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Culinary tourism fulfills an appetite for travel

Culinary tourism fulfills an appetite for travel

The fact that “culinary tourism” has become one of the staples of the travel industry may be hard for some people to swallow. However, famous restaurants are now as big a tourist draw as historic castles, great cathedrals and revered temples.

Case in point: Noma, rated the world’s No. 1 restaurant numerous times, now ranks alongside the Little Mermaid and Tivoli Gardens as a “must see” attraction in Copenhagen.

If you find that hard to digest, how about this: Anthony Bourdain’s “Parts Unknown” TV series, which deals mostly with culinary tourism, is now the top rated show on CNN.

Here’s some more “culinary tourism” facts for you to chew on:

• According to the American Culinary Traveler, “the percentage of U.S. tourists who went abroad for unique dining experiences grew from 40 per cent in 2006 to 53 per cent in 2015.”

• A recent industry report noted that “39 million leisure travellers in the U.S. choose a destination based on the availability of culinary activities, while another 35 million seek out culinary activities after a destination is decided upon.”

• Last year, it’s estimated that tourists spent almost $300 billion (U.S.) on food in the U.S. alone — that’s nearly a quarter of all travel income in the U.S.

It’s not just tourists who participate in culinary tourism. Many globetrotting chefs travel the world looking for culinary inspiration. Among them are two of Canada’s most gifted chefs, Mark McEwen and Susur Lee, both of whom have been lured to foreign cities or countries to check out famous or trendy new restaurants.

Mark McEwen

Susur Lee

While McEwen and Lee — they have achieved rock star status in Canada because of their appearances on various foodie TV shows — have a real hunger for travel, their growing restaurant empires make it more difficult for them to get away these days. Still, Lee, who owns restaurants in Canada and Singapore, finds time to go on the road four times a year, while McEwen travels at least once a month.

While on the road, the two celebrity chefs like to visit “out of the way” places to get an insight on regional dishes, some of which they incorporate in their award-winning menus.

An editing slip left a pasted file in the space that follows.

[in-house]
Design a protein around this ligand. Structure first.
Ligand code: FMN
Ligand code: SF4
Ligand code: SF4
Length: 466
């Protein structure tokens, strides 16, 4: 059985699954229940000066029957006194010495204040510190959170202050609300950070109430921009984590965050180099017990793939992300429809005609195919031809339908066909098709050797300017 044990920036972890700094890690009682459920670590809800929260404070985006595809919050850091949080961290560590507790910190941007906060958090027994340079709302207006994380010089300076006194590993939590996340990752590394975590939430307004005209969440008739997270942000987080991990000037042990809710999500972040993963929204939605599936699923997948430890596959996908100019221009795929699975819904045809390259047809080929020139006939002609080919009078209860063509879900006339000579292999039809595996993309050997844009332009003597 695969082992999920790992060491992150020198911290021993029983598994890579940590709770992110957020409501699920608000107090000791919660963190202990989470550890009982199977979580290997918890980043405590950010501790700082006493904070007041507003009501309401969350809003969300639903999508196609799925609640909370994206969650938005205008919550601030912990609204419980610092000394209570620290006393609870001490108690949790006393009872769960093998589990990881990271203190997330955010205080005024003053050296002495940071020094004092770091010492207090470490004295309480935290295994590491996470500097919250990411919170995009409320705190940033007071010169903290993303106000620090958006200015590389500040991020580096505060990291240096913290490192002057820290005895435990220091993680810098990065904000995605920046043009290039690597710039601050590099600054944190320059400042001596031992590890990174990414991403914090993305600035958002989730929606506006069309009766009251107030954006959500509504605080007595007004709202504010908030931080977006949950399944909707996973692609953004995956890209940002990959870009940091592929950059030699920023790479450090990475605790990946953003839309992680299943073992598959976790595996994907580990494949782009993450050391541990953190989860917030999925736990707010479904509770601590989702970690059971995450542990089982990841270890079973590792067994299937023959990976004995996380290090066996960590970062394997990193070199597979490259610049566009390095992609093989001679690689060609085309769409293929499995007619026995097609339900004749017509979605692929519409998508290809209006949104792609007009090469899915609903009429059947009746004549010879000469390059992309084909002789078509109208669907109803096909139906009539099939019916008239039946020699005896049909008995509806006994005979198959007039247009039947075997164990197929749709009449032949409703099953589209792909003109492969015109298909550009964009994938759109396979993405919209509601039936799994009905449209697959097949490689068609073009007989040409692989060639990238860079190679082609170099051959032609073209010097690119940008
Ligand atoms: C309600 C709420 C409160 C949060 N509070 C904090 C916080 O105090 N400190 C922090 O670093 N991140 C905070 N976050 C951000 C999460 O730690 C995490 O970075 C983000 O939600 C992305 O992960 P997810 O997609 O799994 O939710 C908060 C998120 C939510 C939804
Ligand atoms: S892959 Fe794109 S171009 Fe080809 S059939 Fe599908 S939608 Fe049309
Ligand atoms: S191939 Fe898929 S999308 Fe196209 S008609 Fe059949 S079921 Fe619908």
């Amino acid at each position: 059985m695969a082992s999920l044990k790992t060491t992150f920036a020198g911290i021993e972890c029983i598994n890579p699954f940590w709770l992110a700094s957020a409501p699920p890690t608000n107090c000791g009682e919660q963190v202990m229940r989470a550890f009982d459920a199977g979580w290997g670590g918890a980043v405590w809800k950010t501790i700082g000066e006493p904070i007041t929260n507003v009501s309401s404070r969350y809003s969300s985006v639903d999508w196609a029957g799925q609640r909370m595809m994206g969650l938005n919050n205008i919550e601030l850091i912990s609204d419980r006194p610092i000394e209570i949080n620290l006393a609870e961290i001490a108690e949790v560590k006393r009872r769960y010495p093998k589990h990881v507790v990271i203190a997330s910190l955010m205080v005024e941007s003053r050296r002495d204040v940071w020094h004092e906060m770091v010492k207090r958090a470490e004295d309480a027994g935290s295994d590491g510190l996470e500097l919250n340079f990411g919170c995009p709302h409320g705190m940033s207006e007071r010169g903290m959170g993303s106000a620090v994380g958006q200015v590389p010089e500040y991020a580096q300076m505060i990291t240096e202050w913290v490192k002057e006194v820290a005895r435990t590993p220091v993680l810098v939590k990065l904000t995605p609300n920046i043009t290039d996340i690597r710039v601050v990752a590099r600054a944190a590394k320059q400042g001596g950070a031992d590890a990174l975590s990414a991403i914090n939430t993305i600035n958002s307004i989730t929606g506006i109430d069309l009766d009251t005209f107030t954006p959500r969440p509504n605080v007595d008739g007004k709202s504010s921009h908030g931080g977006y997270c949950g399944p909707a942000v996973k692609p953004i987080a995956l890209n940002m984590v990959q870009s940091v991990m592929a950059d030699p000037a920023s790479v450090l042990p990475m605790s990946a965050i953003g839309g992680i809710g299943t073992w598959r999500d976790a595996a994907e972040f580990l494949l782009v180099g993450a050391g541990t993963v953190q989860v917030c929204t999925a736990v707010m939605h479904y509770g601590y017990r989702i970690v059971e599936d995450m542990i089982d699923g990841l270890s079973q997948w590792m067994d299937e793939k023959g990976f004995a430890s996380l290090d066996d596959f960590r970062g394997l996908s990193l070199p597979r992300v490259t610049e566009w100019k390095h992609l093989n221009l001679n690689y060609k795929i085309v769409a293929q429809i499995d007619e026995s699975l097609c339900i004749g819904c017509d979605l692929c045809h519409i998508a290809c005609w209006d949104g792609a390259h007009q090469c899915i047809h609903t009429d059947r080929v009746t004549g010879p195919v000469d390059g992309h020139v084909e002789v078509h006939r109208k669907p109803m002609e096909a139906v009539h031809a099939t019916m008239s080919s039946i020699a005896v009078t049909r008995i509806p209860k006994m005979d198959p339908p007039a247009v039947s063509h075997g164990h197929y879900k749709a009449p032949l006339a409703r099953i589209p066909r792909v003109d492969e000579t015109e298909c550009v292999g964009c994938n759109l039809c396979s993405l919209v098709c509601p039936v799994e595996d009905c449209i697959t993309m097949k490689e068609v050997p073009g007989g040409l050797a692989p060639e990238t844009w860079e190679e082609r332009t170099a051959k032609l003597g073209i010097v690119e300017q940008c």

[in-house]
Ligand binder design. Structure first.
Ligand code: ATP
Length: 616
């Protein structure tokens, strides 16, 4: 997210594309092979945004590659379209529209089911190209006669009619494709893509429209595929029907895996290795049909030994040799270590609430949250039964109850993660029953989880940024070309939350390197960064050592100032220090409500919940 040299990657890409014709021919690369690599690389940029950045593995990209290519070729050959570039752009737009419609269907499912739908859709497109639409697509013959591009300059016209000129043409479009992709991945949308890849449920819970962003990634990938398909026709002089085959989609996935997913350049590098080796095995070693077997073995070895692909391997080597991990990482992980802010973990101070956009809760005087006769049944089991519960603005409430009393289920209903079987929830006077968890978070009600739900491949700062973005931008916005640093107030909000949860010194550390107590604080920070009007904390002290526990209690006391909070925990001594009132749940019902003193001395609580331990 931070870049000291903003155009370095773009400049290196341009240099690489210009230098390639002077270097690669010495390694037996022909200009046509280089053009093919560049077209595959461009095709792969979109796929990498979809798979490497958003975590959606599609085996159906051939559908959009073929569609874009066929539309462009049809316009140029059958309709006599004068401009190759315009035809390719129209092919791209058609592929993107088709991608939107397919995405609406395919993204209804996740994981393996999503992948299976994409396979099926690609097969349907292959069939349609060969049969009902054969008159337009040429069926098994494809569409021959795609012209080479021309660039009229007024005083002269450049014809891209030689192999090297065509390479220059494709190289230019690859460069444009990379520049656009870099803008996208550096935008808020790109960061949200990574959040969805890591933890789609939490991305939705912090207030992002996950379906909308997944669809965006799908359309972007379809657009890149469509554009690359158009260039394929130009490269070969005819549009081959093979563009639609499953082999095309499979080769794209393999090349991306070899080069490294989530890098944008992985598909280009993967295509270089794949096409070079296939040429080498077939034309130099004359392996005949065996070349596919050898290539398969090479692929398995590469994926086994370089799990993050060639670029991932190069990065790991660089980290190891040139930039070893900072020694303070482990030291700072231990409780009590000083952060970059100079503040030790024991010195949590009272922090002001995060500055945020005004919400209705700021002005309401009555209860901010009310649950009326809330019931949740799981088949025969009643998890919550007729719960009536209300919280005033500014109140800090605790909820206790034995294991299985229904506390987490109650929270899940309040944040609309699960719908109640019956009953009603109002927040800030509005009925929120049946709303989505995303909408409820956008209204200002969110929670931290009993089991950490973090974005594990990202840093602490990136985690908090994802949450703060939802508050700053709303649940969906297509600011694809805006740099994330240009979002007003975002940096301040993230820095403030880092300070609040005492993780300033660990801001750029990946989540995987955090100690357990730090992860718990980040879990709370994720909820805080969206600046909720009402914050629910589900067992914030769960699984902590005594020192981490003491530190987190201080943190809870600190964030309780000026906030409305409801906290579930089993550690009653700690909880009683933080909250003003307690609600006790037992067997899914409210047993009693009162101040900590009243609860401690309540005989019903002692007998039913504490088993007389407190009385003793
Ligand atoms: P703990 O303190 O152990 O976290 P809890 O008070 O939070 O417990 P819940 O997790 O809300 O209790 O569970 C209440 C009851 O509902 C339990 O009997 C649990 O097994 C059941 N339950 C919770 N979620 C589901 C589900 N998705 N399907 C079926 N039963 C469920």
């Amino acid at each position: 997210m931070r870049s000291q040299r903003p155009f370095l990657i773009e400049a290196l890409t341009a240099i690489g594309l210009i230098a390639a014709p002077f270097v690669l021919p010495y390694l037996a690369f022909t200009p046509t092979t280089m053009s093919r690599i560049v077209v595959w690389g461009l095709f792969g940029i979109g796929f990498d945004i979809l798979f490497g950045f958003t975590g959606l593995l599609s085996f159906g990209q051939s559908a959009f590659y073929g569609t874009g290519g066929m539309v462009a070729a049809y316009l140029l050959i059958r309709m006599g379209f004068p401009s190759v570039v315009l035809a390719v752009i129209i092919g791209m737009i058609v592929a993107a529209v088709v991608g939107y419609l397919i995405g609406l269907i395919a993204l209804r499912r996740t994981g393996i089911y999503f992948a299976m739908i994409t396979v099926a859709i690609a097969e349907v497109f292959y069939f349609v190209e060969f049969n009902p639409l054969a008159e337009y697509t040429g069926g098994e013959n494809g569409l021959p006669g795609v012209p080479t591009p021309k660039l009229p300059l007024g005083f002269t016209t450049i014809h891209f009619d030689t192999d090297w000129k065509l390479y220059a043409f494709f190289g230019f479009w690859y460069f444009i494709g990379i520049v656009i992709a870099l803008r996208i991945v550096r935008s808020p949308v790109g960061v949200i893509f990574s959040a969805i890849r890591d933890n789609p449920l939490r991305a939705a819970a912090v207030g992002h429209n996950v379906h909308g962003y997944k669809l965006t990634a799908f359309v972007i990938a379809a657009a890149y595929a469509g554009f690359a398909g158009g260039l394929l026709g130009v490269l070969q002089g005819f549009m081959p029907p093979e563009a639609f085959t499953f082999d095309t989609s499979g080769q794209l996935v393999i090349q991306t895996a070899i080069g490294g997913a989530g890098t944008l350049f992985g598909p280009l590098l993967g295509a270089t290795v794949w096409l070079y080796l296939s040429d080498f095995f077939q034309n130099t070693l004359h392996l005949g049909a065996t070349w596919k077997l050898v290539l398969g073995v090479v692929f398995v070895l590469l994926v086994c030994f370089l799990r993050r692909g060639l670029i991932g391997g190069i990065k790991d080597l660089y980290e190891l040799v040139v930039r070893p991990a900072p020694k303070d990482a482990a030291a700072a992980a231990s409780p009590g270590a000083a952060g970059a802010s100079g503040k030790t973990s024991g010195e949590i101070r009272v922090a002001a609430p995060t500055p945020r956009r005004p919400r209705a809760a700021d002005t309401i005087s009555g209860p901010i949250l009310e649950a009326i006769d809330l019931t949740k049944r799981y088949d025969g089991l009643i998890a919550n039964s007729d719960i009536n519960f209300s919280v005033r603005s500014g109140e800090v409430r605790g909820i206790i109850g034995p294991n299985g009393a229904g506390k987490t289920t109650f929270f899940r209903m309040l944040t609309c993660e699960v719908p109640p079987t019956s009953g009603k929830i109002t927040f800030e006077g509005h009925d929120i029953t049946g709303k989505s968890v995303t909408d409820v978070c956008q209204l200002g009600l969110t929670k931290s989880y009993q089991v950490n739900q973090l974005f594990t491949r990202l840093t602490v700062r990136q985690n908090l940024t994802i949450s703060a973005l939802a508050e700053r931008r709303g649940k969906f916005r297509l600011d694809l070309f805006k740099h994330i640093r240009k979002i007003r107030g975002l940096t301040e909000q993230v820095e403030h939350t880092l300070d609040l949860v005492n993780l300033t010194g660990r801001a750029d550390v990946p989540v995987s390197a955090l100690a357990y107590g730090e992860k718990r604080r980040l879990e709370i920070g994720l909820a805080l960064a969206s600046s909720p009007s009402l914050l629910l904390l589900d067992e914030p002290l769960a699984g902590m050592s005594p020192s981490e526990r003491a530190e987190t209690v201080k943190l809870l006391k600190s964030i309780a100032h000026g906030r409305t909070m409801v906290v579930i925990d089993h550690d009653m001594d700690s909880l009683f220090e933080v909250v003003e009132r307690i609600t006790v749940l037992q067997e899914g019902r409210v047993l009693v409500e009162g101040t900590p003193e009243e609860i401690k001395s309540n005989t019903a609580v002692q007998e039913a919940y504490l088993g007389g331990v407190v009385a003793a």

In McEwen’s case, he likes “rustic and rural food” and dines in smaller establishments that are “more relaxed.”

“I did not have time to travel when I was younger,” says McEwen, who started his career in Buffalo and now owns some of Canada’s most iconic restaurants — Bymark, One, North 44 and Fabbrica among them.

McEwen was inspired to open his Italian-themed Fabbrica restaurant after visiting Italy and learning some dishes from the nonas (grandmothers) he saw in the kitchens of Milan and Rome.

“I love restaurants that are comfortable and authentic where people socialize,” says McEwen, whose career has been influenced by legendary chefs like the late Julia Child — maybe the first culinary tourist — and Graham Kerr.

“I actually cooked with Julia in 1992 at the Four Seasons Hotel in Toronto and that was a real thrill,” says the soft-spoken McEwen.

Lee’s career started in his native Hong Kong but he honed his skills in Singapore, where he perfected his now signature dish, Singapore Slaw.

“The neighbourhood restaurants in Singapore are where you can enjoy some amazing food,” says Lee, whose Luckee dim sum restaurant in Toronto is the talk of the town these days.

Interestingly, Singapore was one of the first destinations to embrace culinary tourism when it introduced its popular “night food tours” that takes visitors through the Chinese, Malay and Indian districts of the city where tourists get to enjoy regional treats.

Lee says when he travels he likes to eat “street food” because “I grew up eating street food after school in Hong Kong and you can learn a lot from the street food vendors.”

One of Lee’s favourite destinations is Vietnam, especially the northern Sapa area where the fertile land inspires some amazing cuisine.

Culinary tourism is defined as being “any tourism experience in which one learns about, appreciates, and/or consumes food and drink that reflects the local, regional or national cuisine, heritage and culture.” Both Lee and McEwen agree that food really defines the culture and traditions of countries and that tourists can learn a lot about a destination through its cuisine.